A patent search with a patentability opinion, which will determine if the patentability requirement can be satisfied can range from 500$ to 3000$, depending on the cost of search and level of analysis that you want. The search for a freedom to operate opinion would alone cost atleast 3000$, and would return dozens of references that a patent attorney must wade through in painstaking detail. Typically a freedom to operate opinion will cost at least $10,000, and sometimes substantially more. It is not at all uncommon for a freedom to operate opinion to cost $20,000 or $30,000, or more.

What is Patent Search?

The purpose of patent search is to determine, the purpose of a patent search is to determine whether it makes sense to move forward with the expense of preparing and filing a patent application. There are well over 7.6 million US patents that have been issued and well over 1 million pending US patent applications. Searching through these number of patents takes time and skill, and a US patent search can and does quite effectively sift through these patents, assuming of course you have a professional do the search. Notwithstanding, there are many millions of other references and foreign patents and applications that can be used by a patent examiner to reject claims.
With all patent searches, regardless of who does the search, there can be no guarantee that all relevant prior art will be found. Specifically, pending US applications are not published until 18 months after they are filed, so even with an exhaustive, comprehensive patent search that left no stone unturned there is no way to be sure that everything pending at the Patent Office has been discovered.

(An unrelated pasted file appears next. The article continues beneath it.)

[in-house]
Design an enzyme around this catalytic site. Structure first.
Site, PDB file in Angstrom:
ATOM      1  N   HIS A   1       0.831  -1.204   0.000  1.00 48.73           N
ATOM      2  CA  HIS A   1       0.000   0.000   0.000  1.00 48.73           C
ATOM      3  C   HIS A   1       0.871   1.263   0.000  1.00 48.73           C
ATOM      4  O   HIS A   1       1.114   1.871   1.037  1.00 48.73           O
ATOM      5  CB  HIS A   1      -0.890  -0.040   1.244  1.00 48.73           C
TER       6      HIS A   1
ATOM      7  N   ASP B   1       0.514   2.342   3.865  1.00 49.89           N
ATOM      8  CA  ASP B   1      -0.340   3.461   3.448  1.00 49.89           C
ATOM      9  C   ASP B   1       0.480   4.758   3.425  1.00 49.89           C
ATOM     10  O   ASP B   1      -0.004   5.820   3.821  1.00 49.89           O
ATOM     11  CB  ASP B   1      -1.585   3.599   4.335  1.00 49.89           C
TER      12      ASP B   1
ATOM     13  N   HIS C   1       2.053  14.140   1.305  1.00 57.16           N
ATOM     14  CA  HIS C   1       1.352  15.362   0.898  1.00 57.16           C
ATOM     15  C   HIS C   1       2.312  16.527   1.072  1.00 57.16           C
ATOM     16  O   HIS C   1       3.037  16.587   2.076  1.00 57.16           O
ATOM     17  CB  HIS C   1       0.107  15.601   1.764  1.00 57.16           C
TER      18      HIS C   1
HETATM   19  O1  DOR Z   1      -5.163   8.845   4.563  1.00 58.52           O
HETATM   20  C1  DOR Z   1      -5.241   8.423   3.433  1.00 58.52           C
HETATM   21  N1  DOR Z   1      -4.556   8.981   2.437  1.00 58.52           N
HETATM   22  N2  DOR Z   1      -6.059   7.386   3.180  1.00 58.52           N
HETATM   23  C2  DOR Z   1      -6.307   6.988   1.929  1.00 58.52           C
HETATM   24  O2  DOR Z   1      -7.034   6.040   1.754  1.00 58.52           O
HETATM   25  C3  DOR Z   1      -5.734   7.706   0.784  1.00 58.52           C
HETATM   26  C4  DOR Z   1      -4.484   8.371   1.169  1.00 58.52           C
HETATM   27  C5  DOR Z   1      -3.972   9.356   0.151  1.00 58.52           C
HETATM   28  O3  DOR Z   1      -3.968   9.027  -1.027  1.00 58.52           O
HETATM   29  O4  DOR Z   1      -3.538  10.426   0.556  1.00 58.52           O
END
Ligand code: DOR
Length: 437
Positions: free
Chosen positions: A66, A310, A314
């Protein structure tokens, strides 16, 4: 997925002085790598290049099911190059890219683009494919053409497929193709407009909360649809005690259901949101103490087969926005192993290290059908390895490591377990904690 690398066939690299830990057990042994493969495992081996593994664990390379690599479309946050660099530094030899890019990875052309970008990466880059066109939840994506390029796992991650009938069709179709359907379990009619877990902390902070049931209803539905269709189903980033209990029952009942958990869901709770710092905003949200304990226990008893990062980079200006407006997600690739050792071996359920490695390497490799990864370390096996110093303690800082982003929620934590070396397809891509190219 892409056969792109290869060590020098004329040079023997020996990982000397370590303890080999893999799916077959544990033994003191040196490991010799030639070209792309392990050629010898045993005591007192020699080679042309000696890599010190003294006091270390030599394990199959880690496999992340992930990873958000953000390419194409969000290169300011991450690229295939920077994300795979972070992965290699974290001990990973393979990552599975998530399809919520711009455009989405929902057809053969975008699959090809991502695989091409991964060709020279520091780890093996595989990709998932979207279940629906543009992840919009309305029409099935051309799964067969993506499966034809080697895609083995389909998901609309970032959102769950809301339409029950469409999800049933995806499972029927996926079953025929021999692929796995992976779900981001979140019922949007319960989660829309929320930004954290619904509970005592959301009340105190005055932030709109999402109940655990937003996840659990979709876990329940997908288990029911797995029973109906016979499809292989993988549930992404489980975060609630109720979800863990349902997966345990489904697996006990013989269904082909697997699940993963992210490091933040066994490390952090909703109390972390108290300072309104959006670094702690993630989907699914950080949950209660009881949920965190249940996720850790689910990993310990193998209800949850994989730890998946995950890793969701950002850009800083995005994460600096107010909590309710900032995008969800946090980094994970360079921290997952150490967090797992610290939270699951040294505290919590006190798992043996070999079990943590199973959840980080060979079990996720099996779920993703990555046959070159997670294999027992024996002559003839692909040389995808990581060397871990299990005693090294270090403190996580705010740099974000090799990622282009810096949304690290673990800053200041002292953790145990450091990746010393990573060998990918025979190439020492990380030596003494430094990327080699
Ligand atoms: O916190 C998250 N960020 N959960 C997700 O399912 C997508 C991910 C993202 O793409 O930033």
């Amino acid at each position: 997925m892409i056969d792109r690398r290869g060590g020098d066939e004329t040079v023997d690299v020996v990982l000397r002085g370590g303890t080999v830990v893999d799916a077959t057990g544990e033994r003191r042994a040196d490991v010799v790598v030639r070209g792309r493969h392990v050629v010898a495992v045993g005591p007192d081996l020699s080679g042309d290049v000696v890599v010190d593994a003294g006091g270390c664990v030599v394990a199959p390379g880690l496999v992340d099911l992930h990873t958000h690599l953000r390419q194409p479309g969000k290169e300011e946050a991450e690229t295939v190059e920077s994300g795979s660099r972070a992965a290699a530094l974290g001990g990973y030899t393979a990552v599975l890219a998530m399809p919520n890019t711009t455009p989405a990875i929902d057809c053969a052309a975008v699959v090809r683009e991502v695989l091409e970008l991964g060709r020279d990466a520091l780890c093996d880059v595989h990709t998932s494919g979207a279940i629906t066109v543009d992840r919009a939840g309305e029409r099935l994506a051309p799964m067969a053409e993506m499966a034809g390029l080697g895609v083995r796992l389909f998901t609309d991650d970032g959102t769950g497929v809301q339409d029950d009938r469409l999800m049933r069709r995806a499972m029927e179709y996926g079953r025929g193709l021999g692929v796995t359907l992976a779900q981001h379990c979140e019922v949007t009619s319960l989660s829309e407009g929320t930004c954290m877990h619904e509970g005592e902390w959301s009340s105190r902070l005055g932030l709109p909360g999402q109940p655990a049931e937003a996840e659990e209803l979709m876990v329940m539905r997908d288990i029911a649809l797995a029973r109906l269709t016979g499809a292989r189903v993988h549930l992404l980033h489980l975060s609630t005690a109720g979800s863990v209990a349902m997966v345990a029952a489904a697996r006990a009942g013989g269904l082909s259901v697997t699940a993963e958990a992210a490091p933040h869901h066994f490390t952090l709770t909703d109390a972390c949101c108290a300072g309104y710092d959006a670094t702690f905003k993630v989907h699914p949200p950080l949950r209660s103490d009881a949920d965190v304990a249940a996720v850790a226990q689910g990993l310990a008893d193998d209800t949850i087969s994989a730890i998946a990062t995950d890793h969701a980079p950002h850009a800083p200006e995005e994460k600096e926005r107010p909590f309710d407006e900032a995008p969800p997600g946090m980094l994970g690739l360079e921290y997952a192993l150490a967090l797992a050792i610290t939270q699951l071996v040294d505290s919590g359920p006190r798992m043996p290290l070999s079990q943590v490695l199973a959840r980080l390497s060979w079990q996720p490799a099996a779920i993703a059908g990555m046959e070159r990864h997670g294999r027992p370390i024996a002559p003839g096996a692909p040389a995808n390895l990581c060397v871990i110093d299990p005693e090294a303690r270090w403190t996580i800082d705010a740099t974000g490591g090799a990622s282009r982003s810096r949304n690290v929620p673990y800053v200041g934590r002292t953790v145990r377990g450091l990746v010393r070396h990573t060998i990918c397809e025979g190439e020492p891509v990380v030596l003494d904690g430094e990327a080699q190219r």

The key to obtaining a patent is to have an application with sufficient disclosure so that if an examiner does make a rejection you can amend your application as necessary and obtain a patent. Therefore, it is important to understand that the goal of a patent search is not to guarantee that there is no relevant prior art that will bar patentability, but rather to investigate whether proceeding with the expense of a patent application makes sense given the rights that can likely be gained.

What is a Freedom to Operate Opinion?

It is understandable that those who are entering into a business endeavor would want to know what their potential exposure might be, and when you have an invention perhaps the single largest potential liability looming is the threat of infringing a patent owned by another. This being the case, it is understandable that individuals and small businesses would like to be able to obtain a patent search and opinion that if they were to do what they are about to do they would not be sued for patent infringement. The analysis required in order to make this determination is daunting, takes a lot of time and comes with substantial liability for the patent attorney who offers the opinion.

What this adds up to is fa freedom to operate opinion costing a lot of money. Allow me to explain why?